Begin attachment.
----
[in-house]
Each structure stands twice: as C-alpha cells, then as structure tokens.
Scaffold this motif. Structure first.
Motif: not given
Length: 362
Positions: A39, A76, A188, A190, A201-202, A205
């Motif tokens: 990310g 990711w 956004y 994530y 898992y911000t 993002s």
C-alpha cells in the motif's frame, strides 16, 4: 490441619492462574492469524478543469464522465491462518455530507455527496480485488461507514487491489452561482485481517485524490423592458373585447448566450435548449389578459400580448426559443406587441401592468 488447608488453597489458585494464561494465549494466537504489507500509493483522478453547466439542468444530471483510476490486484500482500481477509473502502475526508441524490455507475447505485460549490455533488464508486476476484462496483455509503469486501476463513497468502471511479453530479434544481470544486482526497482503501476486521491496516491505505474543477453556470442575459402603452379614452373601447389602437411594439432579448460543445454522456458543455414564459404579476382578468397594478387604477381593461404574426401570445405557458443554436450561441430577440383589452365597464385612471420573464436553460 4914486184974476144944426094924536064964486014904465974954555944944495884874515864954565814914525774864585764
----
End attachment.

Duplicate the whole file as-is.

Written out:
[in-house]
Each structure stands twice: as C-alpha cells, then as structure tokens.
Scaffold this motif. Structure first.
Motif: not given
Length: 362
Positions: A39, A76, A188, A190, A201-202, A205
């Motif tokens: 990310g 990711w 956004y 994530y 898992y911000t 993002s």
C-alpha cells in the motif's frame, strides 16, 4: 490441619492462574492469524478543469464522465491462518455530507455527496480485488461507514487491489452561482485481517485524490423592458373585447448566450435548449389578459400580448426559443406587441401592468 488447608488453597489458585494464561494465549494466537504489507500509493483522478453547466439542468444530471483510476490486484500482500481477509473502502475526508441524490455507475447505485460549490455533488464508486476476484462496483455509503469486501476463513497468502471511479453530479434544481470544486482526497482503501476486521491496516491505505474543477453556470442575459402603452379614452373601447389602437411594439432579448460543445454522456458543455414564459404579476382578468397594478387604477381593461404574426401570445405557458443554436450561441430577440383589452365597464385612471420573464436553460 4914486184974476144944426094924536064964486014904465974954555944944495884874515864954565814914525774864585764